1st April 2015 – New robot joins pharmacy team at Airedale Hospital

Posted on April 1, 2015 by AireAdmin No Comments

An important member has been welcomed to the pharmacy team at Airedale Hospital to help speed up their dispensing service – an automated dispensing robot.

The new addition to the team allows pharmacy staff to spend more time on wards working directly with nurses and doctors, and helping patients to understand their medicines.

This will help reduce wastage, for example, by giving pharmacy staff more time to check medicines that patients bring in and to review patients’ medical histories. It will also reduce the chance of dispensing errors and speed up the delivery of medicines.

The current turnaround time for pharmacy dispensing a discharge prescription is two hours from receipt of prescription. It is estimated the robot will half that time and help patients get home sooner.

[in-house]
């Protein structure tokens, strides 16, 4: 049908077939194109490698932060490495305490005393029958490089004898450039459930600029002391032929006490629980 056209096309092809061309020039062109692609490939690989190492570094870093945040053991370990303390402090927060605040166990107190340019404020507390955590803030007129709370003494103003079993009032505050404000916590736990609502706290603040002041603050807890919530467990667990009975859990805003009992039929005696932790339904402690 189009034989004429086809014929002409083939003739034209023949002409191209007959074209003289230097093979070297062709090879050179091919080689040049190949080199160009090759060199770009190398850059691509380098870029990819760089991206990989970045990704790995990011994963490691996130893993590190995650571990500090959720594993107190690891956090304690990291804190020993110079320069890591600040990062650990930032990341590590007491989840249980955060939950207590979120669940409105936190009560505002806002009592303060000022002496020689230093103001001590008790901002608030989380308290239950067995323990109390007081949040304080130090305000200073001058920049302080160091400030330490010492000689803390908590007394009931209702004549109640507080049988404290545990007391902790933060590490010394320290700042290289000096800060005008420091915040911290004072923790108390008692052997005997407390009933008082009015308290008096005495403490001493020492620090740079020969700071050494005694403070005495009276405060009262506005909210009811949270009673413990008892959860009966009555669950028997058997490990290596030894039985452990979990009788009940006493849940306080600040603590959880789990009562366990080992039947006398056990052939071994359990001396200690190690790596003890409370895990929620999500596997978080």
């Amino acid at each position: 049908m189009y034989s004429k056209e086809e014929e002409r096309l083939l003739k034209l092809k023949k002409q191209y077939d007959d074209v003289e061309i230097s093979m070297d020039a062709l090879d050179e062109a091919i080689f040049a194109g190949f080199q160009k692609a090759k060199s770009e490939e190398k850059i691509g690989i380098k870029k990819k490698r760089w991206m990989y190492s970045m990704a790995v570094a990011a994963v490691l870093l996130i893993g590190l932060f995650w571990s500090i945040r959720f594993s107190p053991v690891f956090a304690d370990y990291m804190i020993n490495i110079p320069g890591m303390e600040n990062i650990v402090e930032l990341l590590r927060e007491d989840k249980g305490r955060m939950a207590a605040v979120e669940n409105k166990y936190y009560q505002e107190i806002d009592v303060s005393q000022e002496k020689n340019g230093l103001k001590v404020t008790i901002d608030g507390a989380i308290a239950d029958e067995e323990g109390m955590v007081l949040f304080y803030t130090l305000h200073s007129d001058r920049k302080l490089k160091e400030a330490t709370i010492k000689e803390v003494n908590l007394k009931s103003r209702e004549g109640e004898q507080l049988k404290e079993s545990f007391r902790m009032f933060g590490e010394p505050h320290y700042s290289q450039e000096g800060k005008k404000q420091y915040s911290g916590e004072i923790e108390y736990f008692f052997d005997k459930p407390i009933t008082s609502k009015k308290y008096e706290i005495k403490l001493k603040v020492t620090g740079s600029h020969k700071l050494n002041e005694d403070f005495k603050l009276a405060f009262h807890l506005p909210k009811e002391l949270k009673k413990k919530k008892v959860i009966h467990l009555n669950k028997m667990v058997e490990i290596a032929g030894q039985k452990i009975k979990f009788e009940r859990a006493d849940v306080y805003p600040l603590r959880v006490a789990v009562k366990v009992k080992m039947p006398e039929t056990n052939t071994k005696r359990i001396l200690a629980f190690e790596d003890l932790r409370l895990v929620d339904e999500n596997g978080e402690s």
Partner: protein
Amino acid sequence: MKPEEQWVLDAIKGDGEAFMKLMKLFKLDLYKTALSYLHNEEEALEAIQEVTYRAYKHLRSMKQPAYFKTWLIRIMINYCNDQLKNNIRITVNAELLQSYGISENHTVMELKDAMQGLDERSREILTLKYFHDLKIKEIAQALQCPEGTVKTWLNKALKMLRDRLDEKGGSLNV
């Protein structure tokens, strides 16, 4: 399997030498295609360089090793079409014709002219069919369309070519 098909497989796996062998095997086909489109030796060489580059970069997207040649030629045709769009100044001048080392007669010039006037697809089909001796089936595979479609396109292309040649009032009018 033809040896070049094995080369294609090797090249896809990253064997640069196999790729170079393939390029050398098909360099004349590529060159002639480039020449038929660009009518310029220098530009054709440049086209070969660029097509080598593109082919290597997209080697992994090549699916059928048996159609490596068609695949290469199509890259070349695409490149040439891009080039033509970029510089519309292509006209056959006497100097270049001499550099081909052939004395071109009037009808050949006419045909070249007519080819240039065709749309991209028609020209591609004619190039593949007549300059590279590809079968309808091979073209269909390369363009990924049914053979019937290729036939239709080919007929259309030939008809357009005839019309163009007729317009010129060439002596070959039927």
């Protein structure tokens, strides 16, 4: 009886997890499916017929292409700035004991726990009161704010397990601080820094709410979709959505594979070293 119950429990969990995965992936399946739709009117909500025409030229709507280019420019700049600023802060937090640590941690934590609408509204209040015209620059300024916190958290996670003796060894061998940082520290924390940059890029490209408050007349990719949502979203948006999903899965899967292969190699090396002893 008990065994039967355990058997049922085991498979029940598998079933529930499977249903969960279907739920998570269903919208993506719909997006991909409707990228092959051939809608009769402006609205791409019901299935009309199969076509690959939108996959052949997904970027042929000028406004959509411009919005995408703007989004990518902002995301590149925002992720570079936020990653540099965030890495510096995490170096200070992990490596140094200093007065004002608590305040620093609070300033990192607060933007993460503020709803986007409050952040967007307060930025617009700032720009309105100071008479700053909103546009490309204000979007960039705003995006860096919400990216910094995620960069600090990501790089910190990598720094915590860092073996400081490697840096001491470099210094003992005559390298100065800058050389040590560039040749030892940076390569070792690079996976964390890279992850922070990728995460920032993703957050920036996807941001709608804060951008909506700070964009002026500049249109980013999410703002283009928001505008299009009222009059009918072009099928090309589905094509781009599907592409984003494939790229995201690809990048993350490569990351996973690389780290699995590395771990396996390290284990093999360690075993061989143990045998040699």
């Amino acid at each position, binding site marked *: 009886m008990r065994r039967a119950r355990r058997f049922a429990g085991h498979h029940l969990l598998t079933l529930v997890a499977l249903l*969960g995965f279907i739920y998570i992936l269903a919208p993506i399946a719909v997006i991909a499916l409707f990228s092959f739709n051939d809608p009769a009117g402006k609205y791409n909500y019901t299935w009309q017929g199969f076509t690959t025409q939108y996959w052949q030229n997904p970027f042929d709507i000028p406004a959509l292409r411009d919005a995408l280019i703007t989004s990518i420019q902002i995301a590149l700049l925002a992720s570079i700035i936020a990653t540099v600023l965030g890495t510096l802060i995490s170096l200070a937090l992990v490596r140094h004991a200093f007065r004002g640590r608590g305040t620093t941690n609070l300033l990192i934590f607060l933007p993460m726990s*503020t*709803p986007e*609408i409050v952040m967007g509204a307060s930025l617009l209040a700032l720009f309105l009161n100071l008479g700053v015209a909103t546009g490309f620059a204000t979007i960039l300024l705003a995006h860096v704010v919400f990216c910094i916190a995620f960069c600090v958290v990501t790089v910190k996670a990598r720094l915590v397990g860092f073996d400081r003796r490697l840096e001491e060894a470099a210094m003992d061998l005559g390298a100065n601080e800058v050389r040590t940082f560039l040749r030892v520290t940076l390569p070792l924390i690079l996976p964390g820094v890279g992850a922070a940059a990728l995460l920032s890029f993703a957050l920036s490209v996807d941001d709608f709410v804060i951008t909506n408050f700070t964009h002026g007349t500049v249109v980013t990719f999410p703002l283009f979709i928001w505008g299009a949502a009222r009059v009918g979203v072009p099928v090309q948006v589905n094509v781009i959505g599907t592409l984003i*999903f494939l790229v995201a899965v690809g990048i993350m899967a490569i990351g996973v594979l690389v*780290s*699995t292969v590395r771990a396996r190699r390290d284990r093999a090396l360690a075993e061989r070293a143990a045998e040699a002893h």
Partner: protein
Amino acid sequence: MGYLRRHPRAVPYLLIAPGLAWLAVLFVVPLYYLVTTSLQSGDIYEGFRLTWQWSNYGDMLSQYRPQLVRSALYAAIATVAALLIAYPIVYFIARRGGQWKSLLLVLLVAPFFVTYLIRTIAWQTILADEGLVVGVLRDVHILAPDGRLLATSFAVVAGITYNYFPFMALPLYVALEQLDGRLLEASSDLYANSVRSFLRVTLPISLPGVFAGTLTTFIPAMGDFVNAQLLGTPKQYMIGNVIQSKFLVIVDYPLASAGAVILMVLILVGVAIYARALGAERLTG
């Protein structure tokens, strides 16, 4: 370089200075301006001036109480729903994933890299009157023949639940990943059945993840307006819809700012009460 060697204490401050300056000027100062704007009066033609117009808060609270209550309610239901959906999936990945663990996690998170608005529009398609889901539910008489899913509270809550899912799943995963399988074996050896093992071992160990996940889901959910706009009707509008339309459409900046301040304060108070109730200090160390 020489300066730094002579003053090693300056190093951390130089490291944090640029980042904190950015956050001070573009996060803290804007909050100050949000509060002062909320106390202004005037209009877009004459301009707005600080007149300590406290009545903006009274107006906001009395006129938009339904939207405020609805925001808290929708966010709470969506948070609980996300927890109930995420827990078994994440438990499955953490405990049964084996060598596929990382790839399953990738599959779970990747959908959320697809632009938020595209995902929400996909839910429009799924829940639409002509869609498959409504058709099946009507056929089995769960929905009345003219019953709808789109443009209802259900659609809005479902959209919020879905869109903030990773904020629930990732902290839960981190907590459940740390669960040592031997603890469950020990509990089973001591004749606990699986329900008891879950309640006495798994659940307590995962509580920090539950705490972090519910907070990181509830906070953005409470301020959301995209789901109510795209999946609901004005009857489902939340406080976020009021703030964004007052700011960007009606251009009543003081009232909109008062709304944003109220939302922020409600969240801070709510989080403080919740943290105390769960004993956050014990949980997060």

Nick Chilton, clinical director of pharmacy and medicine management at Airedale NHS Foundation Trust, said: “The project has been in the Trust’s capital plan for some years and the pharmacy team are very excited. It has become a reality with the help from the Department Of Health’s Safer Wards – Safer Hospital Fund and the Trust’s digital care programme.

“Not only will the robot improve safety and improve patient experience, it will also reduce stock holding of medicines within pharmacy. The automation is an integral part of redesigning the pharmacy department and a key development in supporting the tranformation of pharmacy services. Altogether, it’s a great return on investment.”

Deborah Walker, lead pharmacy technician for medicines distribution at Airedale NHS Foundation Trust, said: “The robot has been a joy to work with. We no longer have to make trips to our storeroom. It takes away a lot of the manual parts of our job and allows us to spend more time with patients.”

Around 80 percent of medicines kept in pharmacy are now held by the robot which is linked to the department’s computer system. When an order is placed, the required machines are picked by a robotic arm and delivered to the dispensary work station by conveyor belt.

The robot installation cost £410,000 which included a redesign or the floor space and process flows. The giant piece of equipment (10m x 3m) comes with two robotic picking arms, a refrigerated section, and an additional set of cabinets for storage and management of controlled drugs.

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